1:26 pm Jun. 27, 2012
(Obama had declined to support Rangel in 2010, too, and all but urged him to retire.)
Rangel suggested that the president simply had too many pressing issues to get involved in a local primary in New York. But that explanation went out the window when Obama announced endorsements of other New York congress members facing primary challenges: Rep. Nydia Velazquez, whose 7th congressional district includes parts of Brooklyn, Manhattan and Queens, and Rep. Yvette Clarke in Brooklyn's 9th congressional district.
The Rangel campaign ended up using Obama's image on their literature anyway.
At Rangel's victory party last night, I asked a few people whether they thought Obama's decision not to help Rangel had an impact on the race.
Former Governor David Paterson said it didn't, and that it won't hurt Obama come November.
Recalling Obama's comment that Rangel should leave office "with dignity" in 2010, when the congressman was under investigation for ethics violations, Paterson said, "It's not surprising that he didn't endorse him then and he didn't endorse him this year."
"I think a lot of people resented that, but when it comes to the presidential race, every single one of them will vote for President Obama."
Paterson added, "I don't think they like what he did and they went out and showed what they thought of his non-endorsement, but he's in a fortunate situation that every single of those people … will vote for him in November."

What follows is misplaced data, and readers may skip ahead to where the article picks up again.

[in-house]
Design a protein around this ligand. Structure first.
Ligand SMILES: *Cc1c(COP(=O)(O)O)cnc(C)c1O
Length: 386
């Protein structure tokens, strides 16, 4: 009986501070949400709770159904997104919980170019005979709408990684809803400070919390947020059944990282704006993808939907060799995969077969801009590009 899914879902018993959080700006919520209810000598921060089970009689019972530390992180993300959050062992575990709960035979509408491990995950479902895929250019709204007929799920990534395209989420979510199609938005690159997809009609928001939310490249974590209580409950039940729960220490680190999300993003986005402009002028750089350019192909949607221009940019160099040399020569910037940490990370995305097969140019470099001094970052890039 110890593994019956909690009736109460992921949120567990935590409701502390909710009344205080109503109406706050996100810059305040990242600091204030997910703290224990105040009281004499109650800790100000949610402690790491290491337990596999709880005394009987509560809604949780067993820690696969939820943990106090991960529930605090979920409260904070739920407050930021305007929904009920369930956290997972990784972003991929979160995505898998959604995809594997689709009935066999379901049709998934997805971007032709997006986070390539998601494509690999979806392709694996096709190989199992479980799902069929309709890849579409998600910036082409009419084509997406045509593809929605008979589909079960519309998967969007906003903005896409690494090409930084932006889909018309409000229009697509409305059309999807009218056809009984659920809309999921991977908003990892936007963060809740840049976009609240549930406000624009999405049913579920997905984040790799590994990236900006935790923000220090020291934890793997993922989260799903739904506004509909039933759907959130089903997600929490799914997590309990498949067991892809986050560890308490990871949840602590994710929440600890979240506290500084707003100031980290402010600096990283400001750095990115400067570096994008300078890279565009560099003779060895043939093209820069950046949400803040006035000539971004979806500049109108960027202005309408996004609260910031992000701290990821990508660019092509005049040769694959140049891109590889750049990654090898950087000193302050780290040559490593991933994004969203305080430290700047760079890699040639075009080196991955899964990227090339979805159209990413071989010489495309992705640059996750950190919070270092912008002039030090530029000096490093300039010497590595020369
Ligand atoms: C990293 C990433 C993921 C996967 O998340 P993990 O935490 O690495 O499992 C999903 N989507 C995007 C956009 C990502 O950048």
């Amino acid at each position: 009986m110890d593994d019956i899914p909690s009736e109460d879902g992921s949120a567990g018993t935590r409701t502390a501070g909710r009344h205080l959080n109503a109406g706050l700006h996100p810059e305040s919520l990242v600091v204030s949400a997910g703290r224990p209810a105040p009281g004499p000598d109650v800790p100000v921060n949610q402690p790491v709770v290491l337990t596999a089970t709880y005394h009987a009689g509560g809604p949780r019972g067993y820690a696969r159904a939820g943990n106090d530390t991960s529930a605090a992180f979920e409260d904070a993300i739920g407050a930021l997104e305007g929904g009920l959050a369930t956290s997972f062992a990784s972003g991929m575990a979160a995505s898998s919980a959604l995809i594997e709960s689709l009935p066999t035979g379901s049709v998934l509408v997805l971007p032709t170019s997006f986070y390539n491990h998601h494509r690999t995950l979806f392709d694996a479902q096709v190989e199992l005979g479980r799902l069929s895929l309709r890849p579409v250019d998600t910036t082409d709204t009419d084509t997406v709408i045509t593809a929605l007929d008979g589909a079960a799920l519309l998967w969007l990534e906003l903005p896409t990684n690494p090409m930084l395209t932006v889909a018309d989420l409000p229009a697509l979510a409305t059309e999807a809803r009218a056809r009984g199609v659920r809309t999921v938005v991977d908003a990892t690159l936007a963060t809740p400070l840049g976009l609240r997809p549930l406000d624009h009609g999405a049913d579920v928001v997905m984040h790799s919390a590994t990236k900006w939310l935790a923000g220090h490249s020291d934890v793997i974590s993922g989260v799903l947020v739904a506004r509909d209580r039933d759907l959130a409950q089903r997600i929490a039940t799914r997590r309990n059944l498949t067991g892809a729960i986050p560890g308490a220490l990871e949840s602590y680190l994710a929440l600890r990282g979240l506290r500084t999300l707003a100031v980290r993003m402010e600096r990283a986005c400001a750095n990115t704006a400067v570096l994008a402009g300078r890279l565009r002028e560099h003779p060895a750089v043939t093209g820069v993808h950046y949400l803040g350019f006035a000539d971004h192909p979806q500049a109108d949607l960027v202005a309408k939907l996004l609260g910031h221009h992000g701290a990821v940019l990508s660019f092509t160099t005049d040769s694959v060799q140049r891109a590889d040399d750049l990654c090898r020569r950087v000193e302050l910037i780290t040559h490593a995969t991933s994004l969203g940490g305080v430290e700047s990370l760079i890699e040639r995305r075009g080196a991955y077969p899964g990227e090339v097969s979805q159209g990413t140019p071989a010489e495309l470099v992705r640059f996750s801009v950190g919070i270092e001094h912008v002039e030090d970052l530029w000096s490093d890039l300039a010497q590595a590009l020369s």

Assemblyman Herman (Denny) Farrell, a longtime Rangel ally and former Manhattan Democratic chair, told me, "No. If it had any impact, the last piece of literature would have you thinking he was with us anyway."
After Rangel made his victory speech, I asked him what impact he thought the president's non-endorsement had on his race. He said the question wasn't relevant.
"Obama was not a part of this race," he said. "You know it and I do. And with all the problems that our nation face[s], why the press would bring this up—I try to be nice and kind and gentle but you may ask me what the U.N. Secretary—what impact he had on the race. I think it's a question that's geared for you to get some copy because you really know the president had nothing to do with this race."